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The Vagina Diaries: Beauty World Embraces Feminine Care

And new entrants are flooding into the market.

The wellness trend has made its way to the feminine hygiene aisle.

Feminine personal care is the latest craze in a fast-growing beauty industry, with dozens of brands from established to new rushing to create products with names (and functions) that could make even the most unfiltered consumers blush. Once considered “taboo” to discuss anything relating to women’s “personal issues” — whether menstruation or otherwise — the sector of the market is in the midst of a radical shift.

The conversation around feminine care had an about-face when a handful of period-centric products hit the scene a few years ago — deploying unorthodox marketing tactics and more direct ways of communicating with customers than ever before. These included Thinx, the antimicrobial “period underwear” trying to supplant pads and tampons, followed by better-for-you tampon brand Lola, a start-up built on providing complete ingredient transparency.

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Arguably, Thinx started a personal-care movement when a series of ads were released in New York subways in late 2015 that contained images of grapefruits; raw, drippy eggs and explicit messaging stating that the product was “Underwear for Women With Periods.” This opened the floodgates — not only stirring a heated dialogue about whether the ads were appropriate (an ad proclaiming that Thinx were “p—y-grabbing-proof underwear” was banned in San Francisco in the fall) — but gave way to a fresh movement.

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“It’s a shift where the vagina becomes an area women should feel empowered to look after, not fetishized as a taboo, or something shameful. It’s another key part that all women share and keep healthy. We’ve seen vaginal skin care and health…wrapped into the language of well-being,” said Lucie Greene, worldwide director of The Innovation Group at J. Walter Thompson.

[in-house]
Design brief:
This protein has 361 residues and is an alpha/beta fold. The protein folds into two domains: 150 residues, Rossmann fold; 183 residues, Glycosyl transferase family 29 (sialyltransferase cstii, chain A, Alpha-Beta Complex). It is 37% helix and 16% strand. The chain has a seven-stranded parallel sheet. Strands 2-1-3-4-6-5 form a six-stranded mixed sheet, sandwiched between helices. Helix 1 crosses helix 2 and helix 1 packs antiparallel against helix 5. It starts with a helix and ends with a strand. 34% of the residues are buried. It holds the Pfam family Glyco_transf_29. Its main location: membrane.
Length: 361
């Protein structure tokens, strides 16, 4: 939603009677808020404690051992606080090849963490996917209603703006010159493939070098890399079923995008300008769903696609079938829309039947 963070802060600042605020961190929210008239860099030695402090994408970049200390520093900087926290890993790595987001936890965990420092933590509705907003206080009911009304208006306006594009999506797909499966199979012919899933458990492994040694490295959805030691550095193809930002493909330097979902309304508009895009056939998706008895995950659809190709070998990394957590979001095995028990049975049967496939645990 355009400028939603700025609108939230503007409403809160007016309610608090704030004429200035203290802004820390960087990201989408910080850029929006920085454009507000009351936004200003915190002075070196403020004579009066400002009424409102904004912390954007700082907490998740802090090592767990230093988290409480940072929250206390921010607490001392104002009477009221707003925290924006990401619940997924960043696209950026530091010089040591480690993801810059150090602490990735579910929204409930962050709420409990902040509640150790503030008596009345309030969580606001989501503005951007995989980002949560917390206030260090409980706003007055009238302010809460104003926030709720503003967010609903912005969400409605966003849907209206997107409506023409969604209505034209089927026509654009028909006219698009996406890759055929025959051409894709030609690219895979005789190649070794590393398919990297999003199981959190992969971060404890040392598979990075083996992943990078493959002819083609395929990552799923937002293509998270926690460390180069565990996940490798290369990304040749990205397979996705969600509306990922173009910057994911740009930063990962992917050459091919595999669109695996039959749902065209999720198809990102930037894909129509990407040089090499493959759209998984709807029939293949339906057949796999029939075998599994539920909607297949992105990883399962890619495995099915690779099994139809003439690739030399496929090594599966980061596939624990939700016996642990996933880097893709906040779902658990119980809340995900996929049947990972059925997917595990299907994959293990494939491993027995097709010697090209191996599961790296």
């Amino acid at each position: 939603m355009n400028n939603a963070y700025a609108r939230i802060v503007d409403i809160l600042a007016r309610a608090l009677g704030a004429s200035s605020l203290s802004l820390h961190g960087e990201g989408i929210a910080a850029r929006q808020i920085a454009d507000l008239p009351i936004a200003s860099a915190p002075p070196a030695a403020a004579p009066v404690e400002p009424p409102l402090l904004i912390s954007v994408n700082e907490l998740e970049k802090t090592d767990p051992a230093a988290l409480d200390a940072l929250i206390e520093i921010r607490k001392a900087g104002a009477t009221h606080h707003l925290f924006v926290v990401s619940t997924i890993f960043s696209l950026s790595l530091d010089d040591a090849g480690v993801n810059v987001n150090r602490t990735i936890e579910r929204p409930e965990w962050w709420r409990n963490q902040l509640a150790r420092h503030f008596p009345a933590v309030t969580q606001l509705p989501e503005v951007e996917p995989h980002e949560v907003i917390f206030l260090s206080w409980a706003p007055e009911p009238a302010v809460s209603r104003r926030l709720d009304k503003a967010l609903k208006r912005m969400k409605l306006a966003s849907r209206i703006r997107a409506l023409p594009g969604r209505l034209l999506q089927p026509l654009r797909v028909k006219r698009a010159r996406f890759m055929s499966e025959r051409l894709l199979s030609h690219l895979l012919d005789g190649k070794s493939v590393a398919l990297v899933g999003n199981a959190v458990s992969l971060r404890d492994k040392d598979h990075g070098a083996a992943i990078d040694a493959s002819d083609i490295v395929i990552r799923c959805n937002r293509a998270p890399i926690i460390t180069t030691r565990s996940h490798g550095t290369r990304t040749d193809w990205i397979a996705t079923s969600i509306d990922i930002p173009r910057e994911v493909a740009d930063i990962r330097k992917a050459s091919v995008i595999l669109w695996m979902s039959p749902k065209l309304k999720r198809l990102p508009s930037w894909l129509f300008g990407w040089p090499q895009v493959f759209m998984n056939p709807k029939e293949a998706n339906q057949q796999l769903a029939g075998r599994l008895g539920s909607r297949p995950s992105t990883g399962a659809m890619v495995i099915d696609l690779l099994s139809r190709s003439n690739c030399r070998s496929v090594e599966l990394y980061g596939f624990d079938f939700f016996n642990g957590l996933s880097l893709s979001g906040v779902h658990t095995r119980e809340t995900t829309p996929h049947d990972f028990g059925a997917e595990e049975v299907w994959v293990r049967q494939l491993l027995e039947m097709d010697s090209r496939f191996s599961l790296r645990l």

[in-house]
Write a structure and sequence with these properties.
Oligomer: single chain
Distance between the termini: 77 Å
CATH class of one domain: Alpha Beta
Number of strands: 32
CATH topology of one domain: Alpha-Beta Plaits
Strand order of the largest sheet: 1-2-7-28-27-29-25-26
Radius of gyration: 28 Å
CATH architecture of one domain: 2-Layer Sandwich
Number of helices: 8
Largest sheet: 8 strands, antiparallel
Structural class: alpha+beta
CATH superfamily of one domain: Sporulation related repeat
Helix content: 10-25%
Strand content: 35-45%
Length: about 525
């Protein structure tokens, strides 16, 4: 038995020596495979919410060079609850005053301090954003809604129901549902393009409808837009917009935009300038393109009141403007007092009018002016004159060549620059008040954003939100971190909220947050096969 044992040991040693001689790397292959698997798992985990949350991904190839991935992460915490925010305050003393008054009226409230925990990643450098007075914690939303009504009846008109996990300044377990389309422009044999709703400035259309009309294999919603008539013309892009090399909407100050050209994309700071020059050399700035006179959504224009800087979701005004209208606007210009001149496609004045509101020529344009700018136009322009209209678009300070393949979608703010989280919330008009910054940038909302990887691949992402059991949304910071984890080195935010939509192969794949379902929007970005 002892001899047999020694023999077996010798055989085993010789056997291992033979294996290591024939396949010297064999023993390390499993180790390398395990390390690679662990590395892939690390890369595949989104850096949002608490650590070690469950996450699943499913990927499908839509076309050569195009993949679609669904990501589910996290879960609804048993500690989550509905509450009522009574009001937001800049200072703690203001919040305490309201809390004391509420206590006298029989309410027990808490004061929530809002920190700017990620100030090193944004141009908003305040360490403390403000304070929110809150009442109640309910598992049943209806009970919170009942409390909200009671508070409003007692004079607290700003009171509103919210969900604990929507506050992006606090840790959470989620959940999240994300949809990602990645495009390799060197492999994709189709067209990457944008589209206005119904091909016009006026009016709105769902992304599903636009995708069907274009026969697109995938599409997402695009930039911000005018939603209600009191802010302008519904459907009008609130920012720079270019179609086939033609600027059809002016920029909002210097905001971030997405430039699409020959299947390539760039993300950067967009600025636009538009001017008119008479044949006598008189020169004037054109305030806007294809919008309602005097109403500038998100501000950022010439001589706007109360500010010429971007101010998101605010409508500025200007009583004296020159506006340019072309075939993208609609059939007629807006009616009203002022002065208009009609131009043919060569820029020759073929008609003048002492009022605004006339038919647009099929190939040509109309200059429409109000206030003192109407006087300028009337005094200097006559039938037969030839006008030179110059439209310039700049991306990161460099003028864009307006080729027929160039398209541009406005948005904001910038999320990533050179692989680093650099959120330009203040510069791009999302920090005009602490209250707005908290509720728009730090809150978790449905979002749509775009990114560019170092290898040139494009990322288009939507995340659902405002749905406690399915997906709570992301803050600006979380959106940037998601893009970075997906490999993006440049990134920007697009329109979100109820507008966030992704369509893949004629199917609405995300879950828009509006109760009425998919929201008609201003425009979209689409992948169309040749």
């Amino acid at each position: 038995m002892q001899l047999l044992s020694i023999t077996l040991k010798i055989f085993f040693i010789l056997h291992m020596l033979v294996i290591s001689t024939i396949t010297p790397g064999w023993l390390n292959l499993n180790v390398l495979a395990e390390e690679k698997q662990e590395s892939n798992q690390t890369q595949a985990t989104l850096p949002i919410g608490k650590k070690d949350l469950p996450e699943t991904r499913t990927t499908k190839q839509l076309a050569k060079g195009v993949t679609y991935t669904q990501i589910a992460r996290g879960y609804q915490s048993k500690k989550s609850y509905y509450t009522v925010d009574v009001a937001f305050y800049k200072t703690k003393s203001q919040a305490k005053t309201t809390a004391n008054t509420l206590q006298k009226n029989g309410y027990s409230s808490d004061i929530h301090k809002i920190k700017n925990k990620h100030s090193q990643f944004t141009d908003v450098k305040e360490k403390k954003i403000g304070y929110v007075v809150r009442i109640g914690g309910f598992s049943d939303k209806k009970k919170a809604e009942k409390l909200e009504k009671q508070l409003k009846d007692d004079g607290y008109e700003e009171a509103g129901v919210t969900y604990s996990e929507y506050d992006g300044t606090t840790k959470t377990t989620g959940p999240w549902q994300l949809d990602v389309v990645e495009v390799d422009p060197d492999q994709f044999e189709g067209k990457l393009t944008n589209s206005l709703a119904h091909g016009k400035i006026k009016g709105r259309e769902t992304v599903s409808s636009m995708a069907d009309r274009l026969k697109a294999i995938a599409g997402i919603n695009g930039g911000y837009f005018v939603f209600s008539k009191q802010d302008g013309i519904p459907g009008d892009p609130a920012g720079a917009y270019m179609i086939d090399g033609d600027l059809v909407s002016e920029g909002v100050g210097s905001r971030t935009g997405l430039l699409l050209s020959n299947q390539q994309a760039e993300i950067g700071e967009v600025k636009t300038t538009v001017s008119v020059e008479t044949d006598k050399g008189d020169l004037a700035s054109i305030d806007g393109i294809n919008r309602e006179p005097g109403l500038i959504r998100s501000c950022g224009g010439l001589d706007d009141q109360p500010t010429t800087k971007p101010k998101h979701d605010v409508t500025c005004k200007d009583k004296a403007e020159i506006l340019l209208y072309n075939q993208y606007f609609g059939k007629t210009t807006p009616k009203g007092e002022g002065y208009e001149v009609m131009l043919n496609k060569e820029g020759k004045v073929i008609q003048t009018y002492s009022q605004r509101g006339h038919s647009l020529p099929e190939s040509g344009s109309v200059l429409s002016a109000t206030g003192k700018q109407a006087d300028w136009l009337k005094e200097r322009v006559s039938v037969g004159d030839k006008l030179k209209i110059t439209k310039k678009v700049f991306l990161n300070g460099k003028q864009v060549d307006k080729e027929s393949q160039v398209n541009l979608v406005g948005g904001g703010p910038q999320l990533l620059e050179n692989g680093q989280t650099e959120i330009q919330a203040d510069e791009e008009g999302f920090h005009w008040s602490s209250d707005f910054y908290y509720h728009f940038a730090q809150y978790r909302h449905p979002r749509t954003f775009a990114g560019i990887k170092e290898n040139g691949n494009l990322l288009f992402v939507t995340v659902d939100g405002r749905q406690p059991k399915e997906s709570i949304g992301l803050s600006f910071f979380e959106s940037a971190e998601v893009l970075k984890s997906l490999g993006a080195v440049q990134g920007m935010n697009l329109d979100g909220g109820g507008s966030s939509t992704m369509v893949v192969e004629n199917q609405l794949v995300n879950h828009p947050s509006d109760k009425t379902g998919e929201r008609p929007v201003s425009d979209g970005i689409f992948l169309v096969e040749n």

“Call it women power, Millennial power — that’s what this is,” said Wendy Liebmann, chief executive officer of WSL Strategic Research. New brands have a contemporary Millennial voice to them, she said, and they’re reaching out to women who view vaginal health and beauty as part of a larger wellness and personal-care regimen. “This whole wave we’re seeing that relates to the wellness movement is really powerful and it’s not just limited to things like probiotics and vitamins and sun care — it’s very holistic.”

“A lot of it comes back to these brands really addressing the taboo of feminine care,” said Marissa Gilbert, senior health and wellness analyst at Mintel. “We’re seeing advertisements that are more real — it’s less about women wearing white jeans…and more about addressing the health issues and making [vaginal care] part of a daily routine.”

Lola was among the first to address menstruation in a modern way. The company hit the scene in 2015 with a mission to deliver 100 percent cotton (and now 100 percent organic) tampons — and transparency in ingredients — directly to women’s doorsteps. The start-up, cofounded by Jordana Kier and Alexandra Friedman, gives women the choice to decide exactly when they want to receive product, as well as how many and how absorbent (light, regular or super) their tampons are. Last month the brand introduced Lola’s First Period Kit, a $34 box that contains varying absorbencies of pads, liners, tampons with corresponding instruction cards for each product, a canvas pouch, a sheet of stickers for period tracking and a credit toward a future subscription.